As mentioned earlier, image-guided surgical systems were introduced for use in neurosurgery. Over the years, many neurological procedures have heavily relied on image guidance involving preoperative images as well as intraoperative navigation. One of the branches of neurology where IGS has been primarily used is cranial applications. Currently, this technology is the standard for most of the surgical cranial operations in Western Europe. With the high risk associated with brain surgeries, IGS has provided surgeons with the ability to reduce the risks like damaging healthy tissues and instead increase surgical accuracy. This has allowed many of them to gain acceptance and credibility in the market. Spinal applications, too, employ IGS but these are yet to pick up the pace as the market keeps opening up.
Sentinel Lymph Node Mapping
Part of the emerging applications of image-guided surgeries includes sentinel lymph node mapping. The sentinel lymph node refers to the first lymph node that receives lymphatic fluid draining from the tumor. It is also the location where tumor cells begin to metastasize. Presently, lymphatic imaging uses such technologies as nuclear imaging, CT, dye-injection, and MRI. All these come with a host of limitations surrounding resolution, sensitivity, practical use, or exposure to radioactivity. IGS is a safe and simple technique that allows for increased spatial and temporal resolution devoid of ionizing radiation. When combined with infrared light, the outcome is a clear distinction of the sentinel lymph nodes from the surgical field.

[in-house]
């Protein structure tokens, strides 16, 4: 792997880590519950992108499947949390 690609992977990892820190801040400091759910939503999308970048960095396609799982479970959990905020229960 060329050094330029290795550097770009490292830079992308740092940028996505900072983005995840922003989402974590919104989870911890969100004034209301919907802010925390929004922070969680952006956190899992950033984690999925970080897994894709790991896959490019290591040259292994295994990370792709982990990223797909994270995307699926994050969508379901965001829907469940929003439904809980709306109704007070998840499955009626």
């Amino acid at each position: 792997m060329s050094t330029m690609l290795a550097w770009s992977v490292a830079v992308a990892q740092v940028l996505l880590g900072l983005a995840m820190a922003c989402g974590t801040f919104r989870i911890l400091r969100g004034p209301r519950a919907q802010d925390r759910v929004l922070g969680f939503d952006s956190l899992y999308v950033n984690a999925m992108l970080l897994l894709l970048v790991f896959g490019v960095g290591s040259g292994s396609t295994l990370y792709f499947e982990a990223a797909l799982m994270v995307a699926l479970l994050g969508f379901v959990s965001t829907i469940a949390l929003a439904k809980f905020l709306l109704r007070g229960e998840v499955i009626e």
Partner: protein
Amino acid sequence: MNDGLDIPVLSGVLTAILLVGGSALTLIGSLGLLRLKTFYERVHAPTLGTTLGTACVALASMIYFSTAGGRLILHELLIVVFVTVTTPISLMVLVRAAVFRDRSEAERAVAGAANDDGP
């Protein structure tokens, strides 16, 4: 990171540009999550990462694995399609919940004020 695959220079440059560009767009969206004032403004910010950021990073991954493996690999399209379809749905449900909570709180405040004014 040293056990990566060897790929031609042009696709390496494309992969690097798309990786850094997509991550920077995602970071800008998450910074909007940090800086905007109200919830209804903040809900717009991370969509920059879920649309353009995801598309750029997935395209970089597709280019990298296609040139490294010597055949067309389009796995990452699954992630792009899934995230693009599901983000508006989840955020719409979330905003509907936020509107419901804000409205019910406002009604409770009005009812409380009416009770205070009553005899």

The development of intra-operative optical camera imaging systems for the detection of tumors in mice during surgery is currently underway. Additionally, several endoscopic systems are also being developed for both surgical and diagnostic applications. One of the recent studies in the application of IGS for neurosurgery is the use of 5-aminolevulinic acid that aid in the detection of malignant gliomas using optical imaging techniques.
Image-guided surgery may not be a worldwide medical phenomenon now but it is certainly influencing the way medical procedures are performed. With computers offering valuable help, future surgical procedures are poised to be less invasive, shorter, more successful, and pose little or no risk to patients.